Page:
Wis. governor rejects union compromise
Wisconsin Gov. Scott Walker talks to the media Thursday, Feb. 17, 2011, at the State Capitol in Madison, Wis., in response to 14 state Senators leaving the state to block his bill that would eliminate collective bargaining rights for many state workers.
Wisconsin Gov. Scott Walker again rejected a proposed compromise Monday to end a political stalemate over collective-bargaining rights that led to 14 Senate Democrats’ skipping town and motivated tens of thousands of people to march on the Capitol in protest for more than a week.
Walker said Monday afternoon he wasn’t interested in compromises that have been floated by public- employee unions and even a Republican state senator. He spoke inside his heavily guarded conference room in the Capitol as thousands of people screamed and stomped outside his office to “Recall Walker!”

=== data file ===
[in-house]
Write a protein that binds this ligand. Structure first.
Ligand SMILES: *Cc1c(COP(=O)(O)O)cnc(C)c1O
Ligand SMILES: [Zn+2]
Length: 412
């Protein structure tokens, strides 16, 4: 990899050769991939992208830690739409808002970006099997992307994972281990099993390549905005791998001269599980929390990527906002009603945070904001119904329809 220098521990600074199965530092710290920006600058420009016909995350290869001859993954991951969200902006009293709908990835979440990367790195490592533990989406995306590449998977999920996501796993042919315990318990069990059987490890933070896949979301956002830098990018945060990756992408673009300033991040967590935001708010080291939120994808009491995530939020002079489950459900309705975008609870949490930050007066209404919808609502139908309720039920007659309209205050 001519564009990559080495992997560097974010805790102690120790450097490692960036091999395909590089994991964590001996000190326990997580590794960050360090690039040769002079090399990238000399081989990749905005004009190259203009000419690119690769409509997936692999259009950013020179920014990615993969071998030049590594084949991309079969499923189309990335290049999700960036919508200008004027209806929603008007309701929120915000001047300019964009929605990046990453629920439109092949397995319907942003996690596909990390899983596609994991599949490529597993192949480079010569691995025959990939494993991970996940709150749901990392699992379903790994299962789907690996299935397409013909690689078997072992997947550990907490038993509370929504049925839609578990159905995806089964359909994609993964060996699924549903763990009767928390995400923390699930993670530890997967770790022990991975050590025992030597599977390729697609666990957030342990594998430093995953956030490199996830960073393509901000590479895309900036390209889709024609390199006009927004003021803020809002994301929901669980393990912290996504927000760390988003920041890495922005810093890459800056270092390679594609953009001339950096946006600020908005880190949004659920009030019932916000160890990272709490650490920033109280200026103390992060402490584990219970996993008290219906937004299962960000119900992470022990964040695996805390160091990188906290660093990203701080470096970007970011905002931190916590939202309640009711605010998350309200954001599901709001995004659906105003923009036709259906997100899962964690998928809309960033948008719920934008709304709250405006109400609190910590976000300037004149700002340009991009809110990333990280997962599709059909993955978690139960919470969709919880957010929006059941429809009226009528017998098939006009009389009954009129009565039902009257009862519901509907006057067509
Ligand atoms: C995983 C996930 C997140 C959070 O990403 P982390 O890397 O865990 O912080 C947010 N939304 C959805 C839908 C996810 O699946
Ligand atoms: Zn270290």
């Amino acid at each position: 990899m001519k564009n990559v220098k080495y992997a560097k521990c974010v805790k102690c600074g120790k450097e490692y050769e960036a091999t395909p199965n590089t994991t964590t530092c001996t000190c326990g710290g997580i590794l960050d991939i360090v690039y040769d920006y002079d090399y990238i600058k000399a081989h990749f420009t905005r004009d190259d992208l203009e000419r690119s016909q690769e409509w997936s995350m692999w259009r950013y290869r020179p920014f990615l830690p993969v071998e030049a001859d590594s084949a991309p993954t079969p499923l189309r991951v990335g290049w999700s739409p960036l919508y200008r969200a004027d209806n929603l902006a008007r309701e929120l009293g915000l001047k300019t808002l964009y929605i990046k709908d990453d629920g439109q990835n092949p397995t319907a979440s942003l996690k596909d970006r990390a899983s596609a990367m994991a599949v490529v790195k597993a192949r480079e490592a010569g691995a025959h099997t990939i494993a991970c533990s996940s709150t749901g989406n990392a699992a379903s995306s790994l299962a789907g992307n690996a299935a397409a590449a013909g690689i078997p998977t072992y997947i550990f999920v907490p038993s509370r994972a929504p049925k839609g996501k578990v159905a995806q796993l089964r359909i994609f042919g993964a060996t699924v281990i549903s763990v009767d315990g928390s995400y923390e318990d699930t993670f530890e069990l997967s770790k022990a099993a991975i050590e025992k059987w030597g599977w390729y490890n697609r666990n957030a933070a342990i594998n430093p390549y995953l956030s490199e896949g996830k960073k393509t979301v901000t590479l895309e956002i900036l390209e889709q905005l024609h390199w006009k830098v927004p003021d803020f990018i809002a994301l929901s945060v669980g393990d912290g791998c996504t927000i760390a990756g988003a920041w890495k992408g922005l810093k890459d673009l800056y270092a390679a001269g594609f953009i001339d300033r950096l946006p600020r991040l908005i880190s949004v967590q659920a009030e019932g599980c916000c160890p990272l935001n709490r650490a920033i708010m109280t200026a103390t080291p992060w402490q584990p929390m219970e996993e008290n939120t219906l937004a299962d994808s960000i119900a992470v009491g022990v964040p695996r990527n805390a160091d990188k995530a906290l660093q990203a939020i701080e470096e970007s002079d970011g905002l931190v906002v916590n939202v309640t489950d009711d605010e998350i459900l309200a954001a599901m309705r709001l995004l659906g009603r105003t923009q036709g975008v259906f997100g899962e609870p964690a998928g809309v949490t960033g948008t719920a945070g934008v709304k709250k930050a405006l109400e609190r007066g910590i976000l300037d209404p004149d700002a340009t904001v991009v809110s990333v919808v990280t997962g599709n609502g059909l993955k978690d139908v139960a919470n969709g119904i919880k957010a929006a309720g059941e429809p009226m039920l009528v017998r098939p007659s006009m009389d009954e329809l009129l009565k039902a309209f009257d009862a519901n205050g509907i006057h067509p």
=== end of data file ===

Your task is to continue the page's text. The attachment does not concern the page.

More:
Walker reiterated his longstanding position that his proposal is about balancing Wisconsin’s budget and not busting the unions. He called one of the proposed compromises a “nonstarter.”
“For those 14 Senate Democrats, you’ve had your time,” Walker said. “Now it’s time to come home.”
With no resolution imminent, Senate Republicans were resigned Monday to forge ahead with less- controversial business such as tax breaks for dairy farmers and commending the Green Bay Packers on winning the Super Bowl.
As the standoff entered its second week, none of the major players offered any signs of backing down in a high-stakes game of political chicken that has riveted the nation and led to ongoing public protests that drew a high of 68,000 people Saturday.
Thousands more braved cold winds and temperatures in the 20s to march again Monday.